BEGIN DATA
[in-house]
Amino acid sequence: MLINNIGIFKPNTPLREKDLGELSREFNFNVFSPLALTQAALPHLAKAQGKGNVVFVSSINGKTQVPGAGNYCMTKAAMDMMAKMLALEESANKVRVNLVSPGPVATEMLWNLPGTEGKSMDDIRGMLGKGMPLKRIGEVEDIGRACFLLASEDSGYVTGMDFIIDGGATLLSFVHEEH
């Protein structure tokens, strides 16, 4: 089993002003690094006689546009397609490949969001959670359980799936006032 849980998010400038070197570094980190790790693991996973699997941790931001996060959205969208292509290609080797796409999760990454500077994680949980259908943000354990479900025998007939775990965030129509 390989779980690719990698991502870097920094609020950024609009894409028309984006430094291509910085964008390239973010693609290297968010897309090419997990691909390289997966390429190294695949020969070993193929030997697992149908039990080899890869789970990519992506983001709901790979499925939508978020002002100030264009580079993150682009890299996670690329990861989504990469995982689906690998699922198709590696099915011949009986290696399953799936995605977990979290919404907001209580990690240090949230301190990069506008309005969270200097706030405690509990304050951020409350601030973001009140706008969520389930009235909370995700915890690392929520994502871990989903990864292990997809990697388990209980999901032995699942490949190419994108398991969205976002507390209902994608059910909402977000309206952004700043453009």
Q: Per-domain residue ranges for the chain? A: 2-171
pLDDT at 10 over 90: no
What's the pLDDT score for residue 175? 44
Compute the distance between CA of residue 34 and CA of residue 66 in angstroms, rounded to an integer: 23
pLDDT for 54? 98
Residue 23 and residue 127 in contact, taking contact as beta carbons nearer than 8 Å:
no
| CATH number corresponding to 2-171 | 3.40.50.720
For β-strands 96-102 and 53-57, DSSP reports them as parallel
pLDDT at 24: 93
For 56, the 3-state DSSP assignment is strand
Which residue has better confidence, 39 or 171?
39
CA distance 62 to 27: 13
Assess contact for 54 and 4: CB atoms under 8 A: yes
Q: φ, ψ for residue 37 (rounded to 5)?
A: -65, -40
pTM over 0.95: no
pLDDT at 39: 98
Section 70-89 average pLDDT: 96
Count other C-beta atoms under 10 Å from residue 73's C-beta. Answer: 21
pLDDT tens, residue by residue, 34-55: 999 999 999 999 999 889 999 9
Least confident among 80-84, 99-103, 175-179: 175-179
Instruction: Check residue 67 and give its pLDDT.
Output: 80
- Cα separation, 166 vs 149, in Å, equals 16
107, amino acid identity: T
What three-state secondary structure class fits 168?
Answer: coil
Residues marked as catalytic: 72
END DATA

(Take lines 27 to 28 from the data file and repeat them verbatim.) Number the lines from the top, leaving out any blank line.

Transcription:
Instruction: Check residue 67 and give its pLDDT.
Output: 80